Tuning up for Pruning Up--Care, Maintenance and Utilization of Hand Pruning Tools
University of California
Fall is passing into winter and the bare sticks in my deciduous fruit orchard are calling me to my annual fruit tree pruning chores. I can prune my entire orchard with very few tools: a good pair of bypass clippers, a similar set of loppers (optional) and a high quality “razor” or “tri edge” saw. Most tools require some maintenance especially the clippers and loppers. Sharpening is the usual need. Clippers are easily sharpened but modern saw blades can not be sharpened by gardeners and should be replaced. Sometimes it is just as easy to buy a new saw, replacing the old one when blade eventually dulls or is bent from over zealous use (illustration 1)
Illustration 1: Tri-edge saw blades are made from stainless steel and are not easily sharpened. When dull or bent they should be replaced
Before using your pruning tools inspect them for signs of damage. Blades should be sharp and unbent. Loppers should have their rubber “bumpers” intact otherwise your knuckles will be smashed after exerting force on a difficult branch. Sharp tools offer less resistance and actually decrease injury to users. One exception here is with the modern “tri-edge” or “razor” saws. These saws can cut so quickly that you may pass through the branch you are cutting and continue on to some part of your anatomy quickly ripping your flesh. I have suffered more cuts (some serious) from these saws than from any other gardening activity. They should be used with careful precision, not with the wild abandon and pruning fervor of the craven academic desperate for real world gardening experience. A thick long sleeved shirt and gloves will also help prevent cuts from hand pruning equipment.
Bypass clippers are so termed because the blade passes by the hook. To sharpen these, find the bevel on the edge of the clippers and align a small file to the same angle of this bevel, and file the bevel until you can feel the sharpness with your finger (Illustration 2). Never sharpen the back side of the bevel—this will create a gap, and every time you cut, a flap of tissue will remain. Back bevel sharpened clippers will require blade replacement or grinding until the back bevel is gone. The hook does not require sharpening, do not attempt to file it. Repeat this process with lopper blades.
Illustration 2: To sharpen bypass clipper blades follow the angle of the bevel. Do not sharpen the flat side of the blade
When you are done pruning for the day, wipe the blades of your clippers and loppers with an oil soaked rag or apply a few drops of oil and rub it into the blade. Most modern saws blades are made from stainless steel and require no oil protection.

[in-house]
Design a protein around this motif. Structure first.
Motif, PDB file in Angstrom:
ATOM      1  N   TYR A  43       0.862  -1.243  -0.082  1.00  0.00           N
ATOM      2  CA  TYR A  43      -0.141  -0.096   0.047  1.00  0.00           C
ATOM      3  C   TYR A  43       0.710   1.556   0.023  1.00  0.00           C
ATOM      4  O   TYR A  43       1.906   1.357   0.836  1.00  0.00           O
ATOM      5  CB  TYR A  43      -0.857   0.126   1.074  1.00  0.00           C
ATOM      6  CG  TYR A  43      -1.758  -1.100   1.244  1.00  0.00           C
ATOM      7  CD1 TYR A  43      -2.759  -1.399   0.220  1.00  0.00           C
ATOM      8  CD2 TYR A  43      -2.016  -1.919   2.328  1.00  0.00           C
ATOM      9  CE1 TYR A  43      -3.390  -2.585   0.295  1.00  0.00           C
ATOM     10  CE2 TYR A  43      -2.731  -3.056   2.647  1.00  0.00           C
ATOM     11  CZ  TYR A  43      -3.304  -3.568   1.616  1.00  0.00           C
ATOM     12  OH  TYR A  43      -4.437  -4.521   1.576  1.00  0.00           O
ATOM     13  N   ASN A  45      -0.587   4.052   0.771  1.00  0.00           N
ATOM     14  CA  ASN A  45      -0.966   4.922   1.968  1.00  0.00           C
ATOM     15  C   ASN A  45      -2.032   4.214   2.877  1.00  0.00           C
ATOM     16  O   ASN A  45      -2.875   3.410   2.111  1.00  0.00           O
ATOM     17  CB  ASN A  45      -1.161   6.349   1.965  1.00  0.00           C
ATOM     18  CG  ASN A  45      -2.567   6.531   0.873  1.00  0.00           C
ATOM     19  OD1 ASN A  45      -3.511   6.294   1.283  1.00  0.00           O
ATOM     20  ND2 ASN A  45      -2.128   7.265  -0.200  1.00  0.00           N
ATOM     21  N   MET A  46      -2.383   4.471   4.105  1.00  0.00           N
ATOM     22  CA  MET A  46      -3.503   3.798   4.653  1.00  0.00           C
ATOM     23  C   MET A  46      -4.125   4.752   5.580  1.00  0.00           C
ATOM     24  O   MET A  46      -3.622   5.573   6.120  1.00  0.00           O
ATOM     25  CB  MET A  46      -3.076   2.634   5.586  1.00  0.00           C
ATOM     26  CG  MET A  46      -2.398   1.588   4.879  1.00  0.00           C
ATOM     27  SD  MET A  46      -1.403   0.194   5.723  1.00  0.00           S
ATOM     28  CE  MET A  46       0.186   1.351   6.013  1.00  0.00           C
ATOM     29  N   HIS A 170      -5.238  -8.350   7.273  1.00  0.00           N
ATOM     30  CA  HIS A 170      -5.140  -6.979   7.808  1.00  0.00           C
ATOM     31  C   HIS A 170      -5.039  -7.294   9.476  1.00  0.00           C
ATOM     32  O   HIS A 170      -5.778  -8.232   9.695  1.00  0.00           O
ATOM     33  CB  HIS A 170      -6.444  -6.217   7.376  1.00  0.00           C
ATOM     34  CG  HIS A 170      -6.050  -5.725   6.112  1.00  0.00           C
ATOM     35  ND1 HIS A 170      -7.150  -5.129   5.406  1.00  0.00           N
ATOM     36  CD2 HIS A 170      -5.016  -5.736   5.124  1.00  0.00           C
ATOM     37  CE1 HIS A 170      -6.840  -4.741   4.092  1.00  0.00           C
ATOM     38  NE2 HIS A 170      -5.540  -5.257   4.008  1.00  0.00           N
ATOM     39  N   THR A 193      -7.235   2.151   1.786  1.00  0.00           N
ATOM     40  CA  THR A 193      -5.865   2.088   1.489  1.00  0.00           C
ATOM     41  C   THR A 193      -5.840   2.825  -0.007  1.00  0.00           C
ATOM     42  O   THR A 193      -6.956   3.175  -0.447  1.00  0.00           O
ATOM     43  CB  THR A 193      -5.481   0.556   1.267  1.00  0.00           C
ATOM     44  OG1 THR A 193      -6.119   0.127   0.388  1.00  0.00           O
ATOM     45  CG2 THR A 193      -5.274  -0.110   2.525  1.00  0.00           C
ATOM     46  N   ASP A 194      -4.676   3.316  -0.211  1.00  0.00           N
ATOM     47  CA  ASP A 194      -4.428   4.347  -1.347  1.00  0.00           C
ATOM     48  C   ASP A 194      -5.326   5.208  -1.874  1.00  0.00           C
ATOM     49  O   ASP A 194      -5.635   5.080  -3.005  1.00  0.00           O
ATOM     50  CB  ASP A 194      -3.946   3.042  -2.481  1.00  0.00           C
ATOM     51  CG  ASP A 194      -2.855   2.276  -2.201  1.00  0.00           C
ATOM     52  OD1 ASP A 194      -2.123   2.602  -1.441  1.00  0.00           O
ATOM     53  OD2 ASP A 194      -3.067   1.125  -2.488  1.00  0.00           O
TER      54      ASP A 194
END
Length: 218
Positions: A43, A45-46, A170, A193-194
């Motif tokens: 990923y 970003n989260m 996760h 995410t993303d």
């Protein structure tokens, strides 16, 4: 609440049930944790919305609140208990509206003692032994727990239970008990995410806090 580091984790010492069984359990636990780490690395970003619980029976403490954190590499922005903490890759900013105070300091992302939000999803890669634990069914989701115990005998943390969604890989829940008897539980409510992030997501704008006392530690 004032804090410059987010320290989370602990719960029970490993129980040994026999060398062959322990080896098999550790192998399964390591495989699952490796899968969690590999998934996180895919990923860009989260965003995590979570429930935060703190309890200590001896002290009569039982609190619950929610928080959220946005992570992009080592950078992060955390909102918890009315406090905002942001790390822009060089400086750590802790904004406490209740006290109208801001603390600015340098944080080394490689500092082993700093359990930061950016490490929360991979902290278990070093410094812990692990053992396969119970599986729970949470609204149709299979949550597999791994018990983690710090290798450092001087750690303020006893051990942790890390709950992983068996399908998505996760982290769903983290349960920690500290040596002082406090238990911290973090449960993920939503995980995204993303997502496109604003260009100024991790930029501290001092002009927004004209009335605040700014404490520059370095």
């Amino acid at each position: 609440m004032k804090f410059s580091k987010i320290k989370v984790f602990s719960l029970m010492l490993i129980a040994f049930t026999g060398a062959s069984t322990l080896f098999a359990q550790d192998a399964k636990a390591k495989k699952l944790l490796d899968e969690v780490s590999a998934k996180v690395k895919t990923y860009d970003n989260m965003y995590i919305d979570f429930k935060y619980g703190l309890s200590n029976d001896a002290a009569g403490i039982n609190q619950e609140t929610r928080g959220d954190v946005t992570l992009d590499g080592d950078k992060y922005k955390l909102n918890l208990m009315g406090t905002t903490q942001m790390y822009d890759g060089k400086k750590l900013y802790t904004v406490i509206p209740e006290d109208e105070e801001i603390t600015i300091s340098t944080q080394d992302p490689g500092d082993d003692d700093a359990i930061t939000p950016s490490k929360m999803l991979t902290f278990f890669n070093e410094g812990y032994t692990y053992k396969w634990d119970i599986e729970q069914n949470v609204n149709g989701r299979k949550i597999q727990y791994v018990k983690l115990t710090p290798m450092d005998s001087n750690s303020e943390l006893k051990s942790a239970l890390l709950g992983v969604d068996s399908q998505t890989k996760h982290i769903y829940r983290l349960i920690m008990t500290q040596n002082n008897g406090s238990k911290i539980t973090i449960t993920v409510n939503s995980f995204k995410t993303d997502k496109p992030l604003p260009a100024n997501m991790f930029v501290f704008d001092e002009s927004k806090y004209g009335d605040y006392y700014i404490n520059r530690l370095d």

As a Cooperative Extension Advisor, one of the most common questions I receive is: “Should I sanitize my clippers between cuts or between uses on various plants?”. Indeed, many publications, extension leaflets, gardening columns, and other sources make broad recommendations to sanitize clippers after every cut. Some articles even compare various products for their killing efficacy. Often blind recommendations are made to sanitize clippers when the pathogen is not even known or specified. It is not necessary to sanitize your clippers when pruning most garden plants and fruit trees. There are a few pathogens that are spread by dirty pruning equipment but published evidence that they are spread by hand pruning equipment (especially clippers) is nil. One exception is palm wilt caused by Fusarium oxysporum f.sp. canariensis which is easily spread by saws. Some of the canker fungi caused by Botryosphaeria can also be spread by pruning equipment. With many of these pathogens, a wound is required for infection so it may not be that the clippers are spreading disease so much as providing an entry point (infection court) so that pathogens have a way to enter.
In my garden, I have never, and will never need to sanitize clippers between cuts. However, conditions vary across the US, and in some places rain, humidity, and temperature are more favorable for disease development. To avoid spreading pathogens, prune during the dormant season, when the likelihood of pathogen activity is lowest. Apply dormant sprays containing copper to limit the onset of new fungal diseases that may enter pruning wounds. If you still feel you need to protect wounds from dirty clippers I like to use the flame from a plumber's torch to sanitize. A few seconds along the cutting edge front and back kills all pathogens (Illustration 3). Similar for a saw but efficacy is increased if the saw gullets are wiped clean with a cloth and then the flame applied. The only time I take these measures is when I know I am working with plants that can be inoculated with pathogens by pruning (which is rare).
Illustration 3: A plumber's torch will rapidly sanitize saws and blades when pathogens are present in plant tissues.
When pruning garden plants, there are a plethora of recommendations on how to make cuts. Rose experts have extolled the virtues of an angled cut so water runs away quickly, flush cuts used to be recommended by arborists as the highest quality cut. These examples are without research foundation. Cuts on woody plants should be angled to produce a circular exposure that is the smallest surface area possible. We abandoned flush cuts many years back because they cut into protective zones that limit decay in trees. Some gardeners feel compelled to cover their cuts with a pruning paint and there is a similar paucity of research to support this practice. Leave pruning wounds unpainted.